There are no RDM police to control when someone states something is "RDM" or not.

What Start Code did you see the traffic under? 0xF0 was the prototyping Start Code we used in all the draft documents. The list of registered Start Codes can be found at: http://www.esta.org/tsp/working_grou...rnateCodes.php

Again, if you can provide specifics on the gear, then I might already have information on what protocol or version of RDM is being used.

berntd August 27th, 2008 08:29 PM

Hi Scott,

I understand your point but please understand that I am somewhat restrained with what I can and can't write here in the forum. I am not allowed to mention any specific equipment details. It is not my decision but somehow I can understand it.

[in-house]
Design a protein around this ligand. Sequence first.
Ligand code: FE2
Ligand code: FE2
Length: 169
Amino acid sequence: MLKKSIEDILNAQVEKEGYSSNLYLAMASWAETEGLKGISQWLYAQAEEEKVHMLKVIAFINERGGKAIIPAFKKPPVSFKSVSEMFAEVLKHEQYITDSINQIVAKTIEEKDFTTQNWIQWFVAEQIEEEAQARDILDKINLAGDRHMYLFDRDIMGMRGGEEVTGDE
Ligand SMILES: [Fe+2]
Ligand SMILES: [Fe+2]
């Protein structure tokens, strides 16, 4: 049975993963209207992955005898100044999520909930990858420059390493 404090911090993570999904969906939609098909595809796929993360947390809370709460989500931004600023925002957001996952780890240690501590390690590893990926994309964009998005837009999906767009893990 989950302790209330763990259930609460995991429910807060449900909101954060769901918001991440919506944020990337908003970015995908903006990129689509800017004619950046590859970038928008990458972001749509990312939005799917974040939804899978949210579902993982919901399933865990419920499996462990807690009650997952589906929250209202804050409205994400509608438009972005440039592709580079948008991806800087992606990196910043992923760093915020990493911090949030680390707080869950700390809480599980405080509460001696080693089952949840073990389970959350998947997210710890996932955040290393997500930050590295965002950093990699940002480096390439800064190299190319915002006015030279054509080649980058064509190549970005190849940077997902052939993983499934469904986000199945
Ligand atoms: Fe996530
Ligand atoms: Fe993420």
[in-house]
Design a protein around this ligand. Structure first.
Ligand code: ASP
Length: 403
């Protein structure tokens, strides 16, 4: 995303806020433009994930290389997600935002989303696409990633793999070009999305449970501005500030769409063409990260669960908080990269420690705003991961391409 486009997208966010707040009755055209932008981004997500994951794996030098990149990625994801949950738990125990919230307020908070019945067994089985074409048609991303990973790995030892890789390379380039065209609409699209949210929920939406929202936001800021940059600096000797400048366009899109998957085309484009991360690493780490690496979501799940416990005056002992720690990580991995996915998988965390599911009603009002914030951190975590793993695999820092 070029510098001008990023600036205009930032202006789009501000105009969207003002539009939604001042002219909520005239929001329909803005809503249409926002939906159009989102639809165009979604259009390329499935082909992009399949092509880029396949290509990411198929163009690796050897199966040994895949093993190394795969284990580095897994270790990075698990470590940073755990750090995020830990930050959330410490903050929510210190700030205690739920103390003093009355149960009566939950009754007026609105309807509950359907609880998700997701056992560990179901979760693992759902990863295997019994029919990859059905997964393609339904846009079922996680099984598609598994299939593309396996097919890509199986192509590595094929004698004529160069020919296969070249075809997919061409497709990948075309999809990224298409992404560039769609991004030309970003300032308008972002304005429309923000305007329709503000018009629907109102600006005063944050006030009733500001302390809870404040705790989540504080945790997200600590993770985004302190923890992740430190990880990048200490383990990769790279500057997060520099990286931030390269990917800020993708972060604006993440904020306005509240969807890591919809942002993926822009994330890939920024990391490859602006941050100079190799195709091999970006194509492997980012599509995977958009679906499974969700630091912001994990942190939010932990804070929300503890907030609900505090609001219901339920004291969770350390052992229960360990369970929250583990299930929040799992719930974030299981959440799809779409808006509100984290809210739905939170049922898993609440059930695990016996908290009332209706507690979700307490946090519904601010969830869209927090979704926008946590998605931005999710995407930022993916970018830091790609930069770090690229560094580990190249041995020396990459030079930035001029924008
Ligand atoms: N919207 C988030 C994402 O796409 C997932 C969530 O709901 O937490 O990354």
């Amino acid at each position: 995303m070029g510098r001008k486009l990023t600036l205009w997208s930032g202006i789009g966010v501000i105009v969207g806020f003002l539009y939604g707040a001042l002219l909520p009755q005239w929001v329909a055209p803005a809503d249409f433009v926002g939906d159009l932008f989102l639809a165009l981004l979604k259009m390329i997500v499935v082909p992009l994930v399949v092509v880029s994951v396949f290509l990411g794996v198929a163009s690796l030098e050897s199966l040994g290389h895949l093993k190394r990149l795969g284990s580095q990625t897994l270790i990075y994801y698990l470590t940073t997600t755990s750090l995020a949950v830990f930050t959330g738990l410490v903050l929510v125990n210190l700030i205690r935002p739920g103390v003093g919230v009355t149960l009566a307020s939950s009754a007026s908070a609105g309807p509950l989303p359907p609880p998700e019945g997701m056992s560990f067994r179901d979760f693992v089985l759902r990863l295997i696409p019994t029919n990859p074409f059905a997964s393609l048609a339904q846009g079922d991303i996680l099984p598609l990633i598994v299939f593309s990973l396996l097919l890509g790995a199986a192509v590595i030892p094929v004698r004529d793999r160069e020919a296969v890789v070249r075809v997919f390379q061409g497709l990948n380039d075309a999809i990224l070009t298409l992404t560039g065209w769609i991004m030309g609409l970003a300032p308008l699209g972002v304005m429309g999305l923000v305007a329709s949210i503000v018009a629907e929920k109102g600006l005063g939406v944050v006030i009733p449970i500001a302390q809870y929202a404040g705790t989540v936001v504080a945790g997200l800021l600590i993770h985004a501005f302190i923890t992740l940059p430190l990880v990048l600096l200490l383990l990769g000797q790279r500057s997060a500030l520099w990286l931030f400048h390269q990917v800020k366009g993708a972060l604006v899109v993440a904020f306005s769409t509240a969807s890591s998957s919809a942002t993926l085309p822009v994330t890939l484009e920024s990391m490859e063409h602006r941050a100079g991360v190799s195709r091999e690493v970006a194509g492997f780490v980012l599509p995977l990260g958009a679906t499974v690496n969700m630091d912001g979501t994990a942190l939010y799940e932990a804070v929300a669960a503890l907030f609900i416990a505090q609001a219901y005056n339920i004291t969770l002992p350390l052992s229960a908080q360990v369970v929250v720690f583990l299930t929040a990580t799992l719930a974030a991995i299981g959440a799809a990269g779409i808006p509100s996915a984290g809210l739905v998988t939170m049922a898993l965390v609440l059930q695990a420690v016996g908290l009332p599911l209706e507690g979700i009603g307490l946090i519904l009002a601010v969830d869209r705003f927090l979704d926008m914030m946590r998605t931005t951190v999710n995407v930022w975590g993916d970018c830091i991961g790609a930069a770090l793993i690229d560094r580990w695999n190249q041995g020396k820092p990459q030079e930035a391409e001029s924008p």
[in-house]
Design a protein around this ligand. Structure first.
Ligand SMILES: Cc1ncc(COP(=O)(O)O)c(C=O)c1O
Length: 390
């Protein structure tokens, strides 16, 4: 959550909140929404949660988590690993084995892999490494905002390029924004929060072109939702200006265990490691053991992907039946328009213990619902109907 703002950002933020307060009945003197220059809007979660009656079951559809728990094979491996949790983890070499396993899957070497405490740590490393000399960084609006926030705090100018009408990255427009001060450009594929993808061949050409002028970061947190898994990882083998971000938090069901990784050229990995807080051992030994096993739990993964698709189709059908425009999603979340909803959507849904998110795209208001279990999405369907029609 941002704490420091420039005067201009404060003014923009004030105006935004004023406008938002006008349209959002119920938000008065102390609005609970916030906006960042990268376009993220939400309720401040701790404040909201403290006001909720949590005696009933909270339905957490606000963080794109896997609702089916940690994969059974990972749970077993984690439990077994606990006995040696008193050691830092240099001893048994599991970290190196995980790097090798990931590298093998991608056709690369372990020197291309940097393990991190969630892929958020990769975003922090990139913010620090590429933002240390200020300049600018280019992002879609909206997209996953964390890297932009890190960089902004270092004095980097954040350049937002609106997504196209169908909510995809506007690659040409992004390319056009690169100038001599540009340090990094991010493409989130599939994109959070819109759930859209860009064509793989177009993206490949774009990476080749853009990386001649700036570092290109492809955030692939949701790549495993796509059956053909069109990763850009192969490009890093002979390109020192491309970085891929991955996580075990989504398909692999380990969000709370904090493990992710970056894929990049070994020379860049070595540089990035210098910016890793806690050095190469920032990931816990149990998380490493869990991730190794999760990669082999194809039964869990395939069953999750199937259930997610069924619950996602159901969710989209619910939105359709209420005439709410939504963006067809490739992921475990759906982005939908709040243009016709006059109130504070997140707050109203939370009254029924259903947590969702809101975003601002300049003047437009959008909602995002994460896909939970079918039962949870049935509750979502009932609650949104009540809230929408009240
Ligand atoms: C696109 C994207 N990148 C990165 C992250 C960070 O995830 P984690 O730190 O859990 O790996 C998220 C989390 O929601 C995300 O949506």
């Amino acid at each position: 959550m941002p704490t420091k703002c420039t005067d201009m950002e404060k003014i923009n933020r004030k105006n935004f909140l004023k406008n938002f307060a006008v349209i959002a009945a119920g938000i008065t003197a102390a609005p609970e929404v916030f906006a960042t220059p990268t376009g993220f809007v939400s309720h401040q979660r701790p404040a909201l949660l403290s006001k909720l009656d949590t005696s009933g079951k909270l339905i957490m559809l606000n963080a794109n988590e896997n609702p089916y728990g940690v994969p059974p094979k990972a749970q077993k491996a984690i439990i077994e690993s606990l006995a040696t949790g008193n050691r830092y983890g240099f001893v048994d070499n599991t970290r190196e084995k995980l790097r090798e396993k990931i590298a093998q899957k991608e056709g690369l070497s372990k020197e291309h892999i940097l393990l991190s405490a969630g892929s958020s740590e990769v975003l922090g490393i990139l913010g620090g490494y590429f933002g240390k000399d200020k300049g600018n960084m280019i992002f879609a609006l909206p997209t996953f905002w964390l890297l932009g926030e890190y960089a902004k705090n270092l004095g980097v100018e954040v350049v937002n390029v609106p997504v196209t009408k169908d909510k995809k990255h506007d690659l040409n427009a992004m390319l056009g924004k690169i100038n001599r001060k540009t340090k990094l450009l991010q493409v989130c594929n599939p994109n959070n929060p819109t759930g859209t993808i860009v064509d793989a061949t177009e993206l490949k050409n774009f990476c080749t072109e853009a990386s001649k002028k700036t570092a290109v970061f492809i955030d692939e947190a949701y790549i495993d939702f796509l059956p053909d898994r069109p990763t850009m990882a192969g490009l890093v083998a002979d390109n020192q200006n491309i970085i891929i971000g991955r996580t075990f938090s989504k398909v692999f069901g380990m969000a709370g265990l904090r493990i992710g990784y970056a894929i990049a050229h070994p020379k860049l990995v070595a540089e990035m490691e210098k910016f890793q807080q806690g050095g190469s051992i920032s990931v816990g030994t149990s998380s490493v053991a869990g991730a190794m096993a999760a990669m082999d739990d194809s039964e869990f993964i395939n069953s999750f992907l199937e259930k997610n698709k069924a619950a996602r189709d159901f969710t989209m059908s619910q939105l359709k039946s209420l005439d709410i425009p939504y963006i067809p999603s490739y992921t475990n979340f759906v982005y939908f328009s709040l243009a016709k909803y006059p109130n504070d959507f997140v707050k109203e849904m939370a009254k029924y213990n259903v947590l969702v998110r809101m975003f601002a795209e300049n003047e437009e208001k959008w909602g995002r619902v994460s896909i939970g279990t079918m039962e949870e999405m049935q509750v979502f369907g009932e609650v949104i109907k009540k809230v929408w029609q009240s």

The start code I see is indeed 0xF0. I see it on professional equipment that is for brand new and for sale. These are not prototypes.


Does this mean that new responders should listen tyo 0xF0 and 0xCC for a start code?

When was this transition made?

Kind regards
Bernt



Quote:

Originally Posted by sblair
Bernt,

It would actually help us if you could provide details on the products in question. One of the main goals of this site is to help serve as a clearinghouse for RDM compatability information and to help the Manufacturers work together to address any issues.

There is a lot of product out there that was built to draft versions of RDM. We intentionally decided to not choose the official RDM Start Code until after the Standard was finished. This has helped keep the draft versions from creating problems with the final version of the Standard.